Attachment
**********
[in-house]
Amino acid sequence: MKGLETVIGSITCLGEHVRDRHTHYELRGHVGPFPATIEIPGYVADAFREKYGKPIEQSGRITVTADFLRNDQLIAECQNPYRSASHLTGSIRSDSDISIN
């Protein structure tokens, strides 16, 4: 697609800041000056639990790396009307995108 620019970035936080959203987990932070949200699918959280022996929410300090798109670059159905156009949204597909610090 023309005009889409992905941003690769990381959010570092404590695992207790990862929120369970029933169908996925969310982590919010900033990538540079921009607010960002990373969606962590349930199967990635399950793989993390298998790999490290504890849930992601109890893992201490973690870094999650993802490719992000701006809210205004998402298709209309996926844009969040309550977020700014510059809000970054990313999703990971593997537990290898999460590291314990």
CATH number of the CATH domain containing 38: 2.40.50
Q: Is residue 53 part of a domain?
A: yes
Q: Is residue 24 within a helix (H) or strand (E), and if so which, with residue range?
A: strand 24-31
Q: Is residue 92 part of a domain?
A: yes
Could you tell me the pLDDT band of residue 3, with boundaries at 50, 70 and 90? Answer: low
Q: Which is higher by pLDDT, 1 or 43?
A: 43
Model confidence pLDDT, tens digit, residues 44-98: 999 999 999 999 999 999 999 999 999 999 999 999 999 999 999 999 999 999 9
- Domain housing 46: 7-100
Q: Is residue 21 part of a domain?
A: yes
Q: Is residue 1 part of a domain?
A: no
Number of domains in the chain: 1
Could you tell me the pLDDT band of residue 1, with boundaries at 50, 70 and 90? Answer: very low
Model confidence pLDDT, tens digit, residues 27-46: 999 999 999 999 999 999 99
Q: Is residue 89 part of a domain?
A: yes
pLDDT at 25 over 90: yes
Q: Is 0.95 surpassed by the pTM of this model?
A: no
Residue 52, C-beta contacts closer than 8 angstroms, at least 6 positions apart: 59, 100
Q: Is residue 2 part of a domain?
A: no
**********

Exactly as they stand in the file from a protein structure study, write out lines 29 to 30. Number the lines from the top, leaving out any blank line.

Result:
Q: Is residue 2 part of a domain?
A: no